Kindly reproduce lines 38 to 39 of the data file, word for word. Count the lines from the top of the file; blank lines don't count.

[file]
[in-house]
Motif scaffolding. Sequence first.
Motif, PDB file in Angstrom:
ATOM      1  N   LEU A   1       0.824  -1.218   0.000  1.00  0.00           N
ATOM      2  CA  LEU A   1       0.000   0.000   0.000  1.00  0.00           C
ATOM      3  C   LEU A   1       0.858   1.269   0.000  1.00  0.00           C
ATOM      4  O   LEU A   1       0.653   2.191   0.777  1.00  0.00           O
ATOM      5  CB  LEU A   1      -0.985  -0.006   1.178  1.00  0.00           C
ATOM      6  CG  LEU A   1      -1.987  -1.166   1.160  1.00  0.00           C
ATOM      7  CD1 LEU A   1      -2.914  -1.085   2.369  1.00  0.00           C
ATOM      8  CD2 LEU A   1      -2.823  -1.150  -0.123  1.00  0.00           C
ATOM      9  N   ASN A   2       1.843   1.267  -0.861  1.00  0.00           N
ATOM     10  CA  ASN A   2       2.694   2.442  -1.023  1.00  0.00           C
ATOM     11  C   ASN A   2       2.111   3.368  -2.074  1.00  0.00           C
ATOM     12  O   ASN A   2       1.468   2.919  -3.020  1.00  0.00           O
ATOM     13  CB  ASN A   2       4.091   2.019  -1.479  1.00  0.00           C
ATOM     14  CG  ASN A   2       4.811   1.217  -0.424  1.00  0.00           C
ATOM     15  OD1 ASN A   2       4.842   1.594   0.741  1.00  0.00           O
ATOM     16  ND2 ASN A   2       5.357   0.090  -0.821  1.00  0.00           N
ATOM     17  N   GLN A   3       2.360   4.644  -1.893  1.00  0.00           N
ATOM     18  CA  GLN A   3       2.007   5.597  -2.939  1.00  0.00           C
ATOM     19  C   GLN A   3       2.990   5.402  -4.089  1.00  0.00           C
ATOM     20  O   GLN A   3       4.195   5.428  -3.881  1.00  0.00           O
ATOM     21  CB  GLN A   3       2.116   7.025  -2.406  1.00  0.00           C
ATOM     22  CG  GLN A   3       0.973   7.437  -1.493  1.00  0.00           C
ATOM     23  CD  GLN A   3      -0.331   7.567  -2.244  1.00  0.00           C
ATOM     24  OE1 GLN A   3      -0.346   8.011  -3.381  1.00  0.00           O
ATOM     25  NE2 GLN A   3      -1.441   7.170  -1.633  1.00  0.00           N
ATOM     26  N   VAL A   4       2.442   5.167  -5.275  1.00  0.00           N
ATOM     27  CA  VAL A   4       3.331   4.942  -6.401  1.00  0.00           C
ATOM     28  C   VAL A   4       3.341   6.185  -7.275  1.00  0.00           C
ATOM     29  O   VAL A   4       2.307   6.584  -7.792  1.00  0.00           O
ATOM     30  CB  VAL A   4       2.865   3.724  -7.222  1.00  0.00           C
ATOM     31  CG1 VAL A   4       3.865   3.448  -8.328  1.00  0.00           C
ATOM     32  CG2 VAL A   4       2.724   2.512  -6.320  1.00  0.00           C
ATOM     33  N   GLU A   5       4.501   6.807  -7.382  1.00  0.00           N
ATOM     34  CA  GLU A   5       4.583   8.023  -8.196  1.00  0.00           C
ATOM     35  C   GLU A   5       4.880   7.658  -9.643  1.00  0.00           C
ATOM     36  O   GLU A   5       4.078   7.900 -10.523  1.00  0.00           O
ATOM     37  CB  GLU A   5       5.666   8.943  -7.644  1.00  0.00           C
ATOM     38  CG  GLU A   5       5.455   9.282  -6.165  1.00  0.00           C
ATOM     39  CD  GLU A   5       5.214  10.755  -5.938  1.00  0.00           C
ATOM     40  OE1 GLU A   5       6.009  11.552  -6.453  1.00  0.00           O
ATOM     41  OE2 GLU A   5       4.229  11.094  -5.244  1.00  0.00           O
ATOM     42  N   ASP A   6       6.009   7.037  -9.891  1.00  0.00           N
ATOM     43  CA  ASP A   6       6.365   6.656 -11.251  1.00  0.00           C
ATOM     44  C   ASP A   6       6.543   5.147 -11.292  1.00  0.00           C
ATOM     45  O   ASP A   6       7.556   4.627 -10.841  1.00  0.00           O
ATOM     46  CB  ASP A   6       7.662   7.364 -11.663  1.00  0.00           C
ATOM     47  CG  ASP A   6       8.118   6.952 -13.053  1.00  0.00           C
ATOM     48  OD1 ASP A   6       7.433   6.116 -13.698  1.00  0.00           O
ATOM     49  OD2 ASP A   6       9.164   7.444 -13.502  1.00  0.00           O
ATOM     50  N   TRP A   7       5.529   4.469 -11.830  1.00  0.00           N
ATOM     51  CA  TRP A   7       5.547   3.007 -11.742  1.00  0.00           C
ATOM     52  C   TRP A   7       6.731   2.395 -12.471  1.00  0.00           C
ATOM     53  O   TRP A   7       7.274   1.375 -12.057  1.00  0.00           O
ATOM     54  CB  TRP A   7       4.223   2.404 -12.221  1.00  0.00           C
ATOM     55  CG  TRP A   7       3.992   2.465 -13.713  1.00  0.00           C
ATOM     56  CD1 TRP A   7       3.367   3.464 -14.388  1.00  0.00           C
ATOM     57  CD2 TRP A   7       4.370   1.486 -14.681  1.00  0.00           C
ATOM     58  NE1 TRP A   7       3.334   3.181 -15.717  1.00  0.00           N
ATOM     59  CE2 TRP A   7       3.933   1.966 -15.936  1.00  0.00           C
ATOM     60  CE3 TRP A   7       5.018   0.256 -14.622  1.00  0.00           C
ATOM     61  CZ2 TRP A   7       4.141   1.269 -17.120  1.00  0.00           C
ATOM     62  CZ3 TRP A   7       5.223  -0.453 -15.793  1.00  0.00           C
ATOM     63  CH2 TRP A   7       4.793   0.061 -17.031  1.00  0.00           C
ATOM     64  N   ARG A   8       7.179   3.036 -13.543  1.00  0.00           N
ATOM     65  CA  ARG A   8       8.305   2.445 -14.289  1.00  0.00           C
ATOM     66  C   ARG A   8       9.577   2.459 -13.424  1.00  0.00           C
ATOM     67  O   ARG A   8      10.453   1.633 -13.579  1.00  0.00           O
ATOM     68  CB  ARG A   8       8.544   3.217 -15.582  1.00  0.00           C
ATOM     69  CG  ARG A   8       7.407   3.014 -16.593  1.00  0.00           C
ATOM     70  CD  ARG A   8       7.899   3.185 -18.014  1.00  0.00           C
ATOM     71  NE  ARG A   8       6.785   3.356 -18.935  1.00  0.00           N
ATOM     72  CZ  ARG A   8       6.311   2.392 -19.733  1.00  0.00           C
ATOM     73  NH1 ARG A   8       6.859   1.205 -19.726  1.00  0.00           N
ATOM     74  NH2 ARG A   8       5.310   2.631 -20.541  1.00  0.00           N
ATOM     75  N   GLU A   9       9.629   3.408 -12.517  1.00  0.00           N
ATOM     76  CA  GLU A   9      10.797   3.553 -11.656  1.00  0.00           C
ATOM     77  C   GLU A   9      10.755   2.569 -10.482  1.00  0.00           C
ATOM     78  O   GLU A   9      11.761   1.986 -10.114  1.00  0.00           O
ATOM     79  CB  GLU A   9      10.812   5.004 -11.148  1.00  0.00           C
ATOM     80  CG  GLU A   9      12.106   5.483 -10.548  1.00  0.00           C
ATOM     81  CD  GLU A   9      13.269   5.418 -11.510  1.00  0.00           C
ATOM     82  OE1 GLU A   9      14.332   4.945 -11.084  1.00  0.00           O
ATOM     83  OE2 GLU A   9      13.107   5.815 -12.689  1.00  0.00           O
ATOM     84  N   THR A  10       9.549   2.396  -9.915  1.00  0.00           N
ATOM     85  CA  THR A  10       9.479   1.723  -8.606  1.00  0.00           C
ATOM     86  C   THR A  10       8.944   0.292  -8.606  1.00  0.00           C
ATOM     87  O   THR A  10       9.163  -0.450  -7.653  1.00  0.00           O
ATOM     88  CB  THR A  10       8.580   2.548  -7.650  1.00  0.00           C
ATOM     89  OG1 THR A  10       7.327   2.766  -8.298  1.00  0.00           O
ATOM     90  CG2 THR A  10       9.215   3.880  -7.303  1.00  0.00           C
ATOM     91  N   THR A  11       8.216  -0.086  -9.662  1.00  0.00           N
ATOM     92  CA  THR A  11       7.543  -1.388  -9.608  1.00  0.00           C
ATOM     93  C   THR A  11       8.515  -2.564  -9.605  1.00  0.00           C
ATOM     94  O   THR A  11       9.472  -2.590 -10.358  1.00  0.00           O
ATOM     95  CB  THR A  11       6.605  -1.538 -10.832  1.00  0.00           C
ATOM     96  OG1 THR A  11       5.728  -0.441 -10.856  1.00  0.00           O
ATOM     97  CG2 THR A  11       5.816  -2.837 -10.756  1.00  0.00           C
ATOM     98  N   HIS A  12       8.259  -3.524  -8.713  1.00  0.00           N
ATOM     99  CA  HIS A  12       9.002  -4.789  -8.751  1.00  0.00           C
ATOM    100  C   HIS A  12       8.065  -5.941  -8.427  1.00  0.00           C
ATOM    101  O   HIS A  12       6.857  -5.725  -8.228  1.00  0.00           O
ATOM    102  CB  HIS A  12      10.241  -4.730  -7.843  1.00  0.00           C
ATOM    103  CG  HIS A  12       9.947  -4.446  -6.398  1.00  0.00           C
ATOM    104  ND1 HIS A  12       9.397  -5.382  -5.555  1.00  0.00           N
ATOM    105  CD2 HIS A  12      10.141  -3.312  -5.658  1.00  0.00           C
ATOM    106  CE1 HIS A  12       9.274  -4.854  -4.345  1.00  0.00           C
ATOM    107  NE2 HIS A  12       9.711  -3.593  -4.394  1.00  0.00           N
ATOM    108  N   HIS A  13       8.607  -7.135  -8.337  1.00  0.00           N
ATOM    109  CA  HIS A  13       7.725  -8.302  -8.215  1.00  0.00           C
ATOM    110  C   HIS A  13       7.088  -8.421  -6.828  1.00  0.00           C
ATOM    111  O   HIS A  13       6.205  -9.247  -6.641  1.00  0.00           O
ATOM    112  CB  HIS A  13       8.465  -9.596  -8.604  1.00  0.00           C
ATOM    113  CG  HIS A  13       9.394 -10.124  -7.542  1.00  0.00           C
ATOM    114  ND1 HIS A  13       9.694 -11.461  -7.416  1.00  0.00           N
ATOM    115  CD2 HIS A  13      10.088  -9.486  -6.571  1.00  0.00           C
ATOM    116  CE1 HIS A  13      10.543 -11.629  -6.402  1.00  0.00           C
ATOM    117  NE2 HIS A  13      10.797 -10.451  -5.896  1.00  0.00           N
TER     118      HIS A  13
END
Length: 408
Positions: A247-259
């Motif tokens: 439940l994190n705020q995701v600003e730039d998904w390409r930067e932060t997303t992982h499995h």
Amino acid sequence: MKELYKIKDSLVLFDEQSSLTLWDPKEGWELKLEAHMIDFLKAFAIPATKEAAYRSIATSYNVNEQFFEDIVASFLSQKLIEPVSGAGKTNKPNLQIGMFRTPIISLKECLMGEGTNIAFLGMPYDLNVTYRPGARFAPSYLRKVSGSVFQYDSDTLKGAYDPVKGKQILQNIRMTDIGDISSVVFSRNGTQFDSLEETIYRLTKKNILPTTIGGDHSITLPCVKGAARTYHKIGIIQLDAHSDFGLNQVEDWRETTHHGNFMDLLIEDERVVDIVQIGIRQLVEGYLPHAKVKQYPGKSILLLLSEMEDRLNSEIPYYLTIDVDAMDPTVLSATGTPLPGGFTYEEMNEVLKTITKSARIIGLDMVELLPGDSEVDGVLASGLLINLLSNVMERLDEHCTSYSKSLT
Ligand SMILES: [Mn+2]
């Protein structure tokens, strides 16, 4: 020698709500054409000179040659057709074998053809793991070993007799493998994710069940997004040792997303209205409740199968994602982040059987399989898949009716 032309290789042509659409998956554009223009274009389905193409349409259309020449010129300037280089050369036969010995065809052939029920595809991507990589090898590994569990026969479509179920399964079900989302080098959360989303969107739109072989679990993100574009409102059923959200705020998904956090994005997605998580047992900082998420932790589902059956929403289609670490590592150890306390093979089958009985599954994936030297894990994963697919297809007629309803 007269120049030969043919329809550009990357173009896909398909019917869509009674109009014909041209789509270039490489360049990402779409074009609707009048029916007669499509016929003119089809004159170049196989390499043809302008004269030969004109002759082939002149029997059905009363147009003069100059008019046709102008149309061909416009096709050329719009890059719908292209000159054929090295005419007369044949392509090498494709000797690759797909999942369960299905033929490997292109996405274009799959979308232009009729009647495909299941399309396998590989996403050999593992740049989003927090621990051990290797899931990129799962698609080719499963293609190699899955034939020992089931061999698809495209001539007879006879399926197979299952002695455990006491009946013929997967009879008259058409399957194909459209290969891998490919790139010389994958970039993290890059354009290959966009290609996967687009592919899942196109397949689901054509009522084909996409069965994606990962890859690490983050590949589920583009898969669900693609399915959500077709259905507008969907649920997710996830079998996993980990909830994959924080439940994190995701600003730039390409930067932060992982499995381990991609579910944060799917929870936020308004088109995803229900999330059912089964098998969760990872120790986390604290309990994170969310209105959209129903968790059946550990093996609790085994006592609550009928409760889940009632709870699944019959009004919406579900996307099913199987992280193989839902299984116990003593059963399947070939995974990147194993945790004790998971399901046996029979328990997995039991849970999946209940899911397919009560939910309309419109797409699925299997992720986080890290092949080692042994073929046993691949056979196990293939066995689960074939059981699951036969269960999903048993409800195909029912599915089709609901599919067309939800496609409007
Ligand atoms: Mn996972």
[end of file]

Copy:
ATOM     35  C   GLU A   5       4.880   7.658  -9.643  1.00  0.00           C
ATOM     36  O   GLU A   5       4.078   7.900 -10.523  1.00  0.00           O